This fortnight’s topic is The Olympics one year on: Did we ‘Inspire a Generation’? Before I progress, a quick disclaimer – I worked as an architect for 3 years designing and overseeing the construction of parts of the Athletes’ Village for London 2012, plus I’m a London resident who took advantage of the Games when they were on. So, there is going to be some inherent bias. I will however try to be as objective as possible.
Back on topic – did the Olympics inspire a generation? Taken at face value, I think the answer to the question at the moment has to be “no”. I would say it’s too early to tell. This is an idea, a ‘grands projet’ if you will, that is too big an aspiration to actually be deliverable in a measurable manner after only a year. The idea of inspiring an entire generation is laudable, but like a generation itself, is a long term undertaking.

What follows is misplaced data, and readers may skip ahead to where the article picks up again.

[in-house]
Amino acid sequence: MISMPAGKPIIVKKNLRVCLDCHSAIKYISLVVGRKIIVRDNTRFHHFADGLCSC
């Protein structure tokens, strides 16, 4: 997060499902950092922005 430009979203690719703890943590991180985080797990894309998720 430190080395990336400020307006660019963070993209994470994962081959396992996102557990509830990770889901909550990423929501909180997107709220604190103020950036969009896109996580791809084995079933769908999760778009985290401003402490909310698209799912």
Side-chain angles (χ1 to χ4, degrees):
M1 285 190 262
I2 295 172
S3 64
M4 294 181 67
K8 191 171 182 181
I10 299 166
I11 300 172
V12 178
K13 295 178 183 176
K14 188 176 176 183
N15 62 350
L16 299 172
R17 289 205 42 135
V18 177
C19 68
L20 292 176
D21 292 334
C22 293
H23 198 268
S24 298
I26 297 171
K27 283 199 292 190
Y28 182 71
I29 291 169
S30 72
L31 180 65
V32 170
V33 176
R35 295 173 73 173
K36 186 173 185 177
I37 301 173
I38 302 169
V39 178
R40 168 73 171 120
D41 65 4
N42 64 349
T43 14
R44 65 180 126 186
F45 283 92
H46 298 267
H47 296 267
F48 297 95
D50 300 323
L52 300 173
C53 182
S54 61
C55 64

I can’t really explain it.
I didn’t plan for it, I didn’t train for it, I certainly didn’t expect it, but today I ran a PB in the British 10k London run.
I’ve been saying all week long that I wasn’t going to shoot for a PB and instead would just enjoy the race and the scenery instead. Maybe it was this mindset that helped me go faster. I had some nerves before the race, but less than normal.
Instead of worrying about things – the hot and humid day, the delay in the start, if I had fuelled enough, had I been standing in the sun too long – I just ’let go’ and went with the day.
When the countdown finished I shuffled forward with everyone else, crossed the start line, started my Garmin, and just ran.
At first, I was really worried I had gone out too hard, my first 2km were way too fast (like, faster than my 5k threshold pace) and I really thought I had guaranteed a blowout later in the race. I dialled it back to where I felt comfortable. I thought this pace was still fast, but I felt comfortable, so I went with it.